By: Anime Blob
A/N: As promised to the members of the fellow forum, here is my Home Movies fan fiction. You'll have to forgive the language in this story. Also, this was my first time writing a Home Movies fix, so please be nice with the reveiws.
Disclaimer: Home Movies isn't mine.
The chilly November air whistled throughout the air. It was days like these where few, select people were outdoors, doing things like apple picking, or going shopping for their child molester of a cousin.
Ripley might not of believed it, but it was days like these where 18 year-old Brendon Small went to certain places. It had been over a year ago since he and his friend, Jason, had moved to the city, and had become roommates. Granted, this little factor had gotten interesting on weekend nights, but the young director needed a break from his now boarder-line now and again.
With a black coat draped around his body, the young adult made his way down the bland sidewalk. Small shops were all lined up along the left side. Most of these shops were drug and coffee stores, but, once in a blue moon, something different will open up.
Stopping at the end corner, Brendon eyed up at a small, yellow building. He smiled at the sign that read "Memory Diner" at the top as he entered.
A small bell rung as the door swung open. Upon entering, anyone's eyes could see that this diner was nothing special. All there was were red booths, a menu, a trashcan or two, and a counter.
Brendon causally strolled up to the wooden counter. An old, wrinkled woman sat there, with a cigarette in her right hand. She took a puff before asking, "What do you want?"
The redhead coughed from the foul smoke. To this, he injected his opinion on the small matter. "Um, excuse me, but I really don't think you should smo-"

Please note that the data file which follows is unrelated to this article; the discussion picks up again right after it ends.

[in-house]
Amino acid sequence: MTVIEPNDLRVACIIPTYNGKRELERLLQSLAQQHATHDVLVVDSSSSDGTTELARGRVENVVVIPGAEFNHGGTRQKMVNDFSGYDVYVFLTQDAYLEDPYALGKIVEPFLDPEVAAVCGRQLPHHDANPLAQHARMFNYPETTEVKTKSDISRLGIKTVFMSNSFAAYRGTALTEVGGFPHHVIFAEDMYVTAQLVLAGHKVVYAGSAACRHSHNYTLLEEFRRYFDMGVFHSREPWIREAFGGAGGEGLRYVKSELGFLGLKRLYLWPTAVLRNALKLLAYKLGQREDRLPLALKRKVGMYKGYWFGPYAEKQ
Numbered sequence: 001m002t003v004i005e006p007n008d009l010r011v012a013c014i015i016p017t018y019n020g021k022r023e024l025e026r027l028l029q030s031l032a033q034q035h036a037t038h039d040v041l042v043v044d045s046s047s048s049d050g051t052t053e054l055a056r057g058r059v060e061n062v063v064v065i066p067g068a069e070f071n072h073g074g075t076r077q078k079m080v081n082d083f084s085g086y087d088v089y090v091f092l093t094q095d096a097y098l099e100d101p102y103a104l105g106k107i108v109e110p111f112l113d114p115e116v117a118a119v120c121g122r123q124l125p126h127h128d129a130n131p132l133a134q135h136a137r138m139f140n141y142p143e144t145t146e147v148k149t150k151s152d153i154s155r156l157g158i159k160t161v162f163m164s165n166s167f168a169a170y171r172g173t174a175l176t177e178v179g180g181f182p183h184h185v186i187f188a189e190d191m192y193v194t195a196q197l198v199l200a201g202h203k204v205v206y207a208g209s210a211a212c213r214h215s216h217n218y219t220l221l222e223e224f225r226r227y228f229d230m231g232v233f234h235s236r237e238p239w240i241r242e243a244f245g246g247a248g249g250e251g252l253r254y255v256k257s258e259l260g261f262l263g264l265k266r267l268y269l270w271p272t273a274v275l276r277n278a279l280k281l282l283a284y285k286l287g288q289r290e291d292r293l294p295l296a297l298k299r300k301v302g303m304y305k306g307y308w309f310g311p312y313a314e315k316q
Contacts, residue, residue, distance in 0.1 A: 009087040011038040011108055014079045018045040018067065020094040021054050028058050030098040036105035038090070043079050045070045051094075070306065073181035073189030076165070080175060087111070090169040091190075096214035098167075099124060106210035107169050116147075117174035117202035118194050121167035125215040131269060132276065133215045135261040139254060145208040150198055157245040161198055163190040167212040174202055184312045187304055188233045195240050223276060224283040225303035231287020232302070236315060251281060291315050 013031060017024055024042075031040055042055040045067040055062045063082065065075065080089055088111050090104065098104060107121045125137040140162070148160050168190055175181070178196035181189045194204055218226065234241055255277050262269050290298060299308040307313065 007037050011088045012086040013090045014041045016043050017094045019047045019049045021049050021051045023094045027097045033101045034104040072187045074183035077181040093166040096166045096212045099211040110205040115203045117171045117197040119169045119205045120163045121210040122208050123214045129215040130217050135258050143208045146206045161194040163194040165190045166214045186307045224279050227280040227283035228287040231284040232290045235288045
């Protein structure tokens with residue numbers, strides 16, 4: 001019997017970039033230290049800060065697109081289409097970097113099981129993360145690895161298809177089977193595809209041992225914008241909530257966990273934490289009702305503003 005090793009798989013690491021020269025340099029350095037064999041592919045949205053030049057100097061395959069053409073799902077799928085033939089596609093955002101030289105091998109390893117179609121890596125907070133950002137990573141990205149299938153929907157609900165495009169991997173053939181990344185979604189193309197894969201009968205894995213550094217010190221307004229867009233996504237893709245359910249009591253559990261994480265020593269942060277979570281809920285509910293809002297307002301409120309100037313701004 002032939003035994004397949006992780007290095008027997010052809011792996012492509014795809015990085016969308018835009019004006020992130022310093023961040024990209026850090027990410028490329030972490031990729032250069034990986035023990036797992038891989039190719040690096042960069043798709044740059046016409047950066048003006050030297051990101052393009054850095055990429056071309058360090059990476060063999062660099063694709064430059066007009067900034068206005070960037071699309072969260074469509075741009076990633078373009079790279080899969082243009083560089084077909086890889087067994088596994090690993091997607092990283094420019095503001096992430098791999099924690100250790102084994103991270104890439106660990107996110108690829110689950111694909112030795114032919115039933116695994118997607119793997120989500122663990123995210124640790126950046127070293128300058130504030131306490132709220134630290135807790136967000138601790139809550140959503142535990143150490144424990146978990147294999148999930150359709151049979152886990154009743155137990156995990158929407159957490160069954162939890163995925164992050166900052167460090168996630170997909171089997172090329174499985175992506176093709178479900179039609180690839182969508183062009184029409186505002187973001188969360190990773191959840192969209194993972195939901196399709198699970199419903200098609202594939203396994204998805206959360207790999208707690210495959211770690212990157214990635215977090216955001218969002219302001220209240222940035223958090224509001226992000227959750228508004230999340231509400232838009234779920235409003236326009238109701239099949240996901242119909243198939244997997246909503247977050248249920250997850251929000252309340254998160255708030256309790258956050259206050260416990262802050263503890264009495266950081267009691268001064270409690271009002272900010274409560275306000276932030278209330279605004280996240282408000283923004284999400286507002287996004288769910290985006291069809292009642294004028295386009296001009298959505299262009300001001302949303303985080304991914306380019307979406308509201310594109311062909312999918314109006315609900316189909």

However, he was quickly cut off. "Listen, bitch," started the women, narrowing her eyes. "I can do whatever the hell I want here. Now, tell me, what do you want?"
With his eyes wide at this rude reply, Brendon quickly replied, "All I wanted was a burger and fries!"
The old chain-smoker went into the back. About sixty seconds later, she returned with a red tray, which she quickly disposed of by shoving it into the customer's arms. "$2.50."
"Yeah, sure." Even with the tray in the way, Mr. Small somehow was able to get into his coat pocket. Digging around in the big holder, his hand had stumbled upon something smooth. It felt like… a video case.
"Hurry up!" screeched the woman. She had officially lost her patience with this boy.
Brendon had finally found his credit card after rubbing the mysterious item, He pulled it out, and the woman swiped it. "Good day, bitch. Enjoy your goddamn meal."
The redhead turned around and swiftly made his way to an empty booth. He sat his meal down, and removed his black jacket, exposing his normal, blue attire. Ignoring the aroma of the greasy food awaiting him, the 18 year-old began searching through the cotton pockets. An object slipped into his hand.
Retrieving the object of wonder from his jacket, Brendon realized that the item was, in fact, a video case. When he, Jason, and Melissa, his other friend, had made a 400-movie career as children, this was one of the many films they had made together. If his memory was correct, this specific motion picture centered around friends drifting apart…Friends drifting apart…
Then, it hit him. Brendon hadn't gotten together with his two friends in over 10 years. Melissa had to move away, due to her father's job. Jason was still here, but he had changed. All his lovely roommate cared to do was spend "quality time" with him. He no longer cared about making features.
Breaking his trance of thought, Brendon looked ahead of him. Across from his seat sat a little boy, with an extremely high-pitched voice. "May I have your fries before my dads come back?" he asked, smiling.
A sigh escaped his lips. He had never been able to finish his own damn fries, anyway. The young adult pushed whole tray over to the little kid. Swinging his jacket around his waist, he stood up, slowly. Trudging over, he pushed the door open on his way out, the silent bell ringing.
The November aired swirled around the city. It was days like these where people thought about memories, vivid and dim, inside themselves. For Brendon Small, these memories leaked out through hot tears, stinging his eyes, from the immortal longing in his heart.